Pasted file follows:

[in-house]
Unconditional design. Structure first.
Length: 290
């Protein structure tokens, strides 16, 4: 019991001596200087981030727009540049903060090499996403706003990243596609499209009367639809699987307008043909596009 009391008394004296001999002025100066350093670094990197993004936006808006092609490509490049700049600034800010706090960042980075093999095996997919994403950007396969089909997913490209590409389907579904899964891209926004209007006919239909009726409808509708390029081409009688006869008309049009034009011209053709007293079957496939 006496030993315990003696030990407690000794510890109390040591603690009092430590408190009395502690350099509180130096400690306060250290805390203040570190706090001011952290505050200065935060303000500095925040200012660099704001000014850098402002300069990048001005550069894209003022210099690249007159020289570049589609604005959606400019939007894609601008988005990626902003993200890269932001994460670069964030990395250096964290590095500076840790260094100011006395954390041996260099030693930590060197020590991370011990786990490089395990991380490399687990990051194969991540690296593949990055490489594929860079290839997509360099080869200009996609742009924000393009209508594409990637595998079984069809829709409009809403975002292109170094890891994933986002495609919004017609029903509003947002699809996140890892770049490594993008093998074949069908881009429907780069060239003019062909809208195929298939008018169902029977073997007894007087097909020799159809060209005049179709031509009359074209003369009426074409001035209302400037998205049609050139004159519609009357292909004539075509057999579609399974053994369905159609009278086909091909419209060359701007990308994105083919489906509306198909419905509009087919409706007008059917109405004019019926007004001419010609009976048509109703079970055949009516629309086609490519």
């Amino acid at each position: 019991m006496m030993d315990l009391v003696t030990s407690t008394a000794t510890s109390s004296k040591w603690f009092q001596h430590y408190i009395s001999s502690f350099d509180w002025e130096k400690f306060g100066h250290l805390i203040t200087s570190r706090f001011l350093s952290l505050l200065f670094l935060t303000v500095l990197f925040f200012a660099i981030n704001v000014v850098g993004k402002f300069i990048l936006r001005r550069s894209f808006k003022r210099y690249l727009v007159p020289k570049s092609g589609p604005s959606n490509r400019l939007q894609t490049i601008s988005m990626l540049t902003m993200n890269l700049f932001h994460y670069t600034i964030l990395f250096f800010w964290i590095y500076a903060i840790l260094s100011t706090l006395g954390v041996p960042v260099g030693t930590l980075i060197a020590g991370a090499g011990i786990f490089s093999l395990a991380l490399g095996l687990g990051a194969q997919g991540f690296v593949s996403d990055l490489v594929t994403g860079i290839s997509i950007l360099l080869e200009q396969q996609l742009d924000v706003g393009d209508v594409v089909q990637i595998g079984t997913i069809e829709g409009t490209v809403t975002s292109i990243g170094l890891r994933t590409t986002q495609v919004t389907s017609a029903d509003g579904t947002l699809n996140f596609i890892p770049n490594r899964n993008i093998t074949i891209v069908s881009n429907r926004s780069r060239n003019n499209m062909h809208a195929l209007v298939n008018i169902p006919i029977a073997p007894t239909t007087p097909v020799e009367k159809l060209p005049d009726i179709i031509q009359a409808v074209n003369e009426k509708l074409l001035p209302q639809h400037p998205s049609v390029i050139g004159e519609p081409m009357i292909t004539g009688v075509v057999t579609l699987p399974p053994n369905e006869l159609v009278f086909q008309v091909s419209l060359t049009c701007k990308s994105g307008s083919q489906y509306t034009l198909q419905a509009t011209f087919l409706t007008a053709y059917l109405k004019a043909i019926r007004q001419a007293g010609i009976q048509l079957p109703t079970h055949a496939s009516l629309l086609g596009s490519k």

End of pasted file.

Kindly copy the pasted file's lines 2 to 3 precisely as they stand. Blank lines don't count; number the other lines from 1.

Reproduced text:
Unconditional design. Structure first.
Length: 290